If you work in the banking or payments industry, then no doubt you would have heard about the new Proposed Services Directive… also known as PSD3.
But what does the new proposed regulation mean? How does it differ from PSD2? When does it come into force?
We’ve summarised all you need to know below.
What is PSD3?
PSD3 is a proposed set of rules that will regulate electronic payments and the banking system in Europe. This includes non-bank payment service providers (PSPs).
It amends and updates the existing PSD2 framework –with the aim of addressing new challenges and opportunities in the digital payments landscape.
What impact will it have?
PSD2 was a major new piece of legislation so it was inevitable that incremental updates would be required, particularly in the fast-paced banking and finance industry. Industry players continue to innovate at an incredible pace – with recent years seeing strong growth in digital payments and open banking.
And while PSD2 brought about changes and digitization, it also revealed gaps in legislation due to various developments in the market.
PSD3 aims to address these gaps, prevent fraud, and encourage innovation. Financial institutions, banks, and payment processors are advised to proactively explore ways to adapt their systems to meet the requirements of PSD3 once it becomes law in the EU.
Some of the key revisions in PSD3 are designed to:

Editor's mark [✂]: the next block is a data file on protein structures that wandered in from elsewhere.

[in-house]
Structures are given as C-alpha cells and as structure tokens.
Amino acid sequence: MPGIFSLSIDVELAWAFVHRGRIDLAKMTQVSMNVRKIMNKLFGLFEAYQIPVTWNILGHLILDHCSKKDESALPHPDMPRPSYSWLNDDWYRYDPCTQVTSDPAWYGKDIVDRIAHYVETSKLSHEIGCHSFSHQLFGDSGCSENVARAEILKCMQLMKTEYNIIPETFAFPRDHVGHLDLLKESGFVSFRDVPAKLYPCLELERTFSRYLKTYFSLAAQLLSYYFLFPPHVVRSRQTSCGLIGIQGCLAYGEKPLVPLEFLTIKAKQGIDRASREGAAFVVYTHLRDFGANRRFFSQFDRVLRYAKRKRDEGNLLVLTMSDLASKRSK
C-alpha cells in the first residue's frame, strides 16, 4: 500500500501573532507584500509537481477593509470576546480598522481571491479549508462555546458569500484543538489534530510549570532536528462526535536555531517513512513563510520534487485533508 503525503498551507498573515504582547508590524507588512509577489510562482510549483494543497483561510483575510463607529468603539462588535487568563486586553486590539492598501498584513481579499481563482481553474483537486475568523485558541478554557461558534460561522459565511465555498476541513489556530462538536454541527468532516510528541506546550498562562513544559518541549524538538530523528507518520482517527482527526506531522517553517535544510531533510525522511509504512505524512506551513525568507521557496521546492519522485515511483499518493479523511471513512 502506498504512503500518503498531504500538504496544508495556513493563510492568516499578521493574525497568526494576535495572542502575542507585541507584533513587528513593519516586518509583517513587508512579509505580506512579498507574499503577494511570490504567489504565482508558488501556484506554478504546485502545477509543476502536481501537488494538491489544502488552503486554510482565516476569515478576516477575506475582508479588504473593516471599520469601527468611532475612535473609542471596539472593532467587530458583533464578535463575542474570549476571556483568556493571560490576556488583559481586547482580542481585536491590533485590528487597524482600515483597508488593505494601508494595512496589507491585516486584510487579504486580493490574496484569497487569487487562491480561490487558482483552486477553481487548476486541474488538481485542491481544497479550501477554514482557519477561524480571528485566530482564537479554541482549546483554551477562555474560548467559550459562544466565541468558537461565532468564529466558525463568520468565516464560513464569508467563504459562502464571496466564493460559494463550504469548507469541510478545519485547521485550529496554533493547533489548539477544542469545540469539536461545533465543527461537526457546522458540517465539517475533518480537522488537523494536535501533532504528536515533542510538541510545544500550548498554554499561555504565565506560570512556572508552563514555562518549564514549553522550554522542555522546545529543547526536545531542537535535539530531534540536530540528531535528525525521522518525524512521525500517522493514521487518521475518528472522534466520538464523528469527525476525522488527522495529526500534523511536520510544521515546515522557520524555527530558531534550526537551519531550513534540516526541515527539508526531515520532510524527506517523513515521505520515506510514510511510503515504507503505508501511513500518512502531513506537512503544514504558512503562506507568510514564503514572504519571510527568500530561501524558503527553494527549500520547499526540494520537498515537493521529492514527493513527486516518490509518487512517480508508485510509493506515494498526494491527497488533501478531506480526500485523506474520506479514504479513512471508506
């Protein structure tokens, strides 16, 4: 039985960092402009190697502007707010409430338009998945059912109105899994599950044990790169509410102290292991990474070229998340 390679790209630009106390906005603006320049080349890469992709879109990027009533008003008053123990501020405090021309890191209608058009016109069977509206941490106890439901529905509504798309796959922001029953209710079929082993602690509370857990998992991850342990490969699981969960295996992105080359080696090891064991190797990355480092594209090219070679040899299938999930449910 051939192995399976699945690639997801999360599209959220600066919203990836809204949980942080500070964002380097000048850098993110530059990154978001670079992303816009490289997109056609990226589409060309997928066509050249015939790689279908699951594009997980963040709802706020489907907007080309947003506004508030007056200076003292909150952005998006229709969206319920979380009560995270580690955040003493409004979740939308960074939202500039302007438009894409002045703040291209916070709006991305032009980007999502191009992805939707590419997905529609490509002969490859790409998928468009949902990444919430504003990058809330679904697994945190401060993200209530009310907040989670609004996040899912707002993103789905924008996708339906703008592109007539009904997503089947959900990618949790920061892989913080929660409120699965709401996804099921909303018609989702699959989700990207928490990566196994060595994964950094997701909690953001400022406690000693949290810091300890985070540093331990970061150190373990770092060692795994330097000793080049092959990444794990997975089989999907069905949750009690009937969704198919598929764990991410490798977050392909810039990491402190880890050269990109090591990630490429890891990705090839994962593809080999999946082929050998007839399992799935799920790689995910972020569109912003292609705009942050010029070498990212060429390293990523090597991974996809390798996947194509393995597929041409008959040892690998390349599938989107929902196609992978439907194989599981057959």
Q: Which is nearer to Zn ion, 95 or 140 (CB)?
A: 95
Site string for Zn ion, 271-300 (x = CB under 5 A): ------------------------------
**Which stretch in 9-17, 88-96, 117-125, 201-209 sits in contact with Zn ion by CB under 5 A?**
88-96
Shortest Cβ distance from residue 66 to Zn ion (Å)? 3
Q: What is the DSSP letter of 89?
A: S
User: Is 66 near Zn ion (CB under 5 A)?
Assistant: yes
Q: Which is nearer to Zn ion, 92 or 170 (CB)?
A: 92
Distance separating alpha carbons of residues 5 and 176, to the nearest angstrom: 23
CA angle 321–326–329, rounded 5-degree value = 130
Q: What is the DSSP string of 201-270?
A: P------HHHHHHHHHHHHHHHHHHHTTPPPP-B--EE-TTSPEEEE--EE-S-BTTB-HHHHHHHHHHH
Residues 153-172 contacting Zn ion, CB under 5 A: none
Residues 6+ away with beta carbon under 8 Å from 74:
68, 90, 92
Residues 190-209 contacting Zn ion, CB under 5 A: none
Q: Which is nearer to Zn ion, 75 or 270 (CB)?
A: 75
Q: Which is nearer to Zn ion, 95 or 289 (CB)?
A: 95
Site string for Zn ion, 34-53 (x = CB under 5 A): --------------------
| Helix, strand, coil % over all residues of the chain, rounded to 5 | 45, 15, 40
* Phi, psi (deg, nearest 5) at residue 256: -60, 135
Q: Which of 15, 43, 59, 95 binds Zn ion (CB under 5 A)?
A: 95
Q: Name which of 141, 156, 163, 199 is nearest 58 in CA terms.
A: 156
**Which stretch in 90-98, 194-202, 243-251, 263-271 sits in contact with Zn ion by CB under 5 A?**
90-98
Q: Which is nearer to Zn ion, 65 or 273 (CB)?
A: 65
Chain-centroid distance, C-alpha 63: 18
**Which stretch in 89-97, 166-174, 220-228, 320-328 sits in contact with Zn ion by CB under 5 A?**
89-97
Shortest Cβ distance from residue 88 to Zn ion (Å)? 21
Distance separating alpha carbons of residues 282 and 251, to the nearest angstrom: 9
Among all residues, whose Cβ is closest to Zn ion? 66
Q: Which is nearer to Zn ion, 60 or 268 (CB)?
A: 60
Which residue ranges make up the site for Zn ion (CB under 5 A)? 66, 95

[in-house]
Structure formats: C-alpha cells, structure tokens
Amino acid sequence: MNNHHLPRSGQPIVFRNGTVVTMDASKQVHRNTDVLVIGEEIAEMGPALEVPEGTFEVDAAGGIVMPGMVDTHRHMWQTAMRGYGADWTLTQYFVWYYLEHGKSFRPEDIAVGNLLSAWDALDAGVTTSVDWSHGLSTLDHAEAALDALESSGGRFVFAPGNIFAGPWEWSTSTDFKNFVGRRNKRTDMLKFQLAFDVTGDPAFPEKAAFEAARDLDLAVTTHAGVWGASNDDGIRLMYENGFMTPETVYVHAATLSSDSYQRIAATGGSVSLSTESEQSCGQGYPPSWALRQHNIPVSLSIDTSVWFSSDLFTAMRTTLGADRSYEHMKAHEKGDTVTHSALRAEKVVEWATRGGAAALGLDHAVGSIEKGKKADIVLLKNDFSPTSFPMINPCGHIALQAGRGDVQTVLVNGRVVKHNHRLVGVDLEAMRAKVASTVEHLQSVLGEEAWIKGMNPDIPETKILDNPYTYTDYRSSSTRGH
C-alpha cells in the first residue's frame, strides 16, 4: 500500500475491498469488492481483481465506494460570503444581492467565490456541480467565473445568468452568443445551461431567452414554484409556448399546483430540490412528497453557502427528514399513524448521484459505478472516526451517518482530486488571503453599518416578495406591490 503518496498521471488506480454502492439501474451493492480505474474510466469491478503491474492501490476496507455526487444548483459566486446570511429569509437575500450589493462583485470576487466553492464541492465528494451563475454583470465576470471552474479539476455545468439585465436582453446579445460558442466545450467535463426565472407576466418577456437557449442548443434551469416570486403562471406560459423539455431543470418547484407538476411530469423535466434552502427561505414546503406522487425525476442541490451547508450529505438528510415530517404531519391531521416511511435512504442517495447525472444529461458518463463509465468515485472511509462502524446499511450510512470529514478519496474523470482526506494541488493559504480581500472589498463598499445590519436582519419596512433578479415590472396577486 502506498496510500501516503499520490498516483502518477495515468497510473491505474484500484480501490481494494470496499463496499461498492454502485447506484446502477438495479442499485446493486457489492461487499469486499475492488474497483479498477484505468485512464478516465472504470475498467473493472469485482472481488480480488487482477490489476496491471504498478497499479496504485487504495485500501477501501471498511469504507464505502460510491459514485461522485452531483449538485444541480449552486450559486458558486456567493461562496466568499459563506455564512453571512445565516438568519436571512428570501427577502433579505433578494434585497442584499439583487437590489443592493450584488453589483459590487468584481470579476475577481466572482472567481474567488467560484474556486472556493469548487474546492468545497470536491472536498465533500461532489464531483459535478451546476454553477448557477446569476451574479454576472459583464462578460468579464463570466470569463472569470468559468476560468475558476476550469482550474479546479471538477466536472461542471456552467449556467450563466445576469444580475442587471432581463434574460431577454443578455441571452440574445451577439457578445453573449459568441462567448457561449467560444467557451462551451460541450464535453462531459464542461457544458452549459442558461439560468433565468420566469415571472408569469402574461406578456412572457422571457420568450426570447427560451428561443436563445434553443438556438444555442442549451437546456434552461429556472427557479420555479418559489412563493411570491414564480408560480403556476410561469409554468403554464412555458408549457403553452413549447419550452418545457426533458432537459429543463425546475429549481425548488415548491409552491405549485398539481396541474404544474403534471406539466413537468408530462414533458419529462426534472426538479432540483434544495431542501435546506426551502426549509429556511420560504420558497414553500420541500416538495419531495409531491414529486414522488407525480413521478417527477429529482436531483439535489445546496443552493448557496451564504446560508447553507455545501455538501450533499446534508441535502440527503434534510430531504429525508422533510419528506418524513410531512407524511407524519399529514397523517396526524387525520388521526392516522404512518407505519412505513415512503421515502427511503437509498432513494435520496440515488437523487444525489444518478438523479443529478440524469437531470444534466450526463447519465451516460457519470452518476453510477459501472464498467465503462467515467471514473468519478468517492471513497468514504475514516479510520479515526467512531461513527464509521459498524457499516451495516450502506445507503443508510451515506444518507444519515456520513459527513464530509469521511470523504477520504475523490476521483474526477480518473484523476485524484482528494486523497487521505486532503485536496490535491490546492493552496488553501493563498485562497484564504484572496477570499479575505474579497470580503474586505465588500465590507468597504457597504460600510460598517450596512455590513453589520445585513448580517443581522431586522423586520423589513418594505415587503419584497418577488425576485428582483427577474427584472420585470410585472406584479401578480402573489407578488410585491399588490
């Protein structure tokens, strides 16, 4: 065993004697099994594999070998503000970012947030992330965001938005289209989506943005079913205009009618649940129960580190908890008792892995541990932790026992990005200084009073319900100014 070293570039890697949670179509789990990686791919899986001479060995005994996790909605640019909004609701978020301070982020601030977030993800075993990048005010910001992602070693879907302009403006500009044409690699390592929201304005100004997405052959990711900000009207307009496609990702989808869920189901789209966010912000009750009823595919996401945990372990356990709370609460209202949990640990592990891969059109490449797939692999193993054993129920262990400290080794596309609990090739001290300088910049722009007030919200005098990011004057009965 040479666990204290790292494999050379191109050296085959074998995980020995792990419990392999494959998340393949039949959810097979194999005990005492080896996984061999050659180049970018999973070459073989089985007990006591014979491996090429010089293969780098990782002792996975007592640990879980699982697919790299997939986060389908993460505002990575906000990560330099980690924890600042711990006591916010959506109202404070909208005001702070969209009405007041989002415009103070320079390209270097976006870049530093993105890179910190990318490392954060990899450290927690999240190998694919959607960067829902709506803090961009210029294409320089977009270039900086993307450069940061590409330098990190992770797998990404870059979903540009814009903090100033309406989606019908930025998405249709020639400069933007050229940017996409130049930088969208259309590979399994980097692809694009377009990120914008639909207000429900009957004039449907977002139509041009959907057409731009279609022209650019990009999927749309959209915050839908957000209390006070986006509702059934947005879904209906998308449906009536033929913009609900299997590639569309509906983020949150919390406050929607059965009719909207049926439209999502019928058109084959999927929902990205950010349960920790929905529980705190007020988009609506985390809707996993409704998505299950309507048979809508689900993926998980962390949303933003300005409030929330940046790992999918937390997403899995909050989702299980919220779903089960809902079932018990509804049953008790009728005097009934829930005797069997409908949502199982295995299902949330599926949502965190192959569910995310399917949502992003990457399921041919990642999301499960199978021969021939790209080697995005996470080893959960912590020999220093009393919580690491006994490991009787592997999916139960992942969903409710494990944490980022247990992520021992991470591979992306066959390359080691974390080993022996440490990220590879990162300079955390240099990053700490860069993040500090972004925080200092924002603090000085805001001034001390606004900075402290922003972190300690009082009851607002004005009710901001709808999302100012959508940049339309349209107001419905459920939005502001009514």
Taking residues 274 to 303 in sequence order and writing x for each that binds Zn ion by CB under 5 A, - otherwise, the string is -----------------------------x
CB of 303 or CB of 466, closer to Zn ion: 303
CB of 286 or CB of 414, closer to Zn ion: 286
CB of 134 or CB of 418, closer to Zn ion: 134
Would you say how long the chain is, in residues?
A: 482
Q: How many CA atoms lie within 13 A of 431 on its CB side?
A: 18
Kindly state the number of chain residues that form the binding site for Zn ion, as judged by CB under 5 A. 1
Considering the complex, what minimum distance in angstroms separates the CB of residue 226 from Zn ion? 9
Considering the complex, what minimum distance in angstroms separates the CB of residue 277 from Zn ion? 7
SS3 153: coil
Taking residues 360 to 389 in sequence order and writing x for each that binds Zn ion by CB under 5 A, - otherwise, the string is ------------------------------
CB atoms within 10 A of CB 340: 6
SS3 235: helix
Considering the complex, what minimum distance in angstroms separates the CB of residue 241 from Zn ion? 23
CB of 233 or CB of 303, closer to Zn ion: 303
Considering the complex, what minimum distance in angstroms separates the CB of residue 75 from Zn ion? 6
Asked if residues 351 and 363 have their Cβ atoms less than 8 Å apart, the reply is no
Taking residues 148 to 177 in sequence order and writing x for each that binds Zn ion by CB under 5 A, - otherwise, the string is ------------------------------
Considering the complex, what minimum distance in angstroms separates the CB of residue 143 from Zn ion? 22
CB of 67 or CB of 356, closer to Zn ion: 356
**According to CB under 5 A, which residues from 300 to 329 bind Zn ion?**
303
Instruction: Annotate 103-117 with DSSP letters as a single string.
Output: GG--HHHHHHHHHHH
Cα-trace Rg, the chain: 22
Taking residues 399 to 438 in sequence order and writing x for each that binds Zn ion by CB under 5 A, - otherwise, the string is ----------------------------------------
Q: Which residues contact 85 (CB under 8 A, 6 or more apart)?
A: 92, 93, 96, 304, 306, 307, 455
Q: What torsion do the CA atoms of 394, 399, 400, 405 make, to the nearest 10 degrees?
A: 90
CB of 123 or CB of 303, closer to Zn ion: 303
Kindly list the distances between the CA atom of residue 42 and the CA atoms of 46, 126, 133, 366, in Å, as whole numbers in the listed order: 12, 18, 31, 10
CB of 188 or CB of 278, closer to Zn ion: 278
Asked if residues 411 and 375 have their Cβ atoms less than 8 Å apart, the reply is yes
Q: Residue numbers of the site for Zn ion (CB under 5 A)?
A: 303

- Promote fair competition: PSD3 aims to create a level playing field between banks and non-banks. It enables non-bank payment service providers to access all EU payment systems while ensuring appropriate safeguards and securing their rights to a bank account.
- Advance Open Banking: PSD3 focuses on improving the functionality of open banking. It aims to remove remaining obstacles to the provision of open banking services, giving customers more control over their payment data and facilitating the entry of innovative services into the market.
- Enhancing cash availability: PSD3 addresses the availability of cash in shops and ATMs. It will allow retailers to offer cash services to customers without requiring a purchase and provides clearer guidelines for independent ATM operators.
- Improving consumer rights: PSD3 seeks to improve consumer rights, particularly in situations where their funds are temporarily blocked. It also enhances transparency on account statements and provides clearer information regarding ATM charges.
- Streamlining Regulation and Enforcement: PSD3 strengthens harmonization and enforcement by enacting most payment rules through directly applicable regulations. It reinforces provisions on implementation and penalties, ensuring a consistent and effective regulatory framework.
What’s the timeline?
The exact timeline for implementing PSD3 is not yet known, but finalized versions may be available by late 2024.
Once approved, member states will have two years to incorporate the new standard into national legislation. Companies will then have an additional two years to comply with the regulations. This gives businesses within the European Economic Area (EEA) enough time to adapt their systems and operations.
The final word
PSD3 represents the evolution of payment services in Europe and aims to tackle emerging challenges and leverage opportunities in the digital payments landscape.
Through consultation and stakeholder input, the European Commission intends to create a strong framework that protects users, fosters innovation, and ensures secure electronic payments.
The finance industry will need to adapt to these regulatory changes to remain competitive and compliant in the evolving payments ecosystem.
Please contact us if you want to discuss how PSD3 will impact you.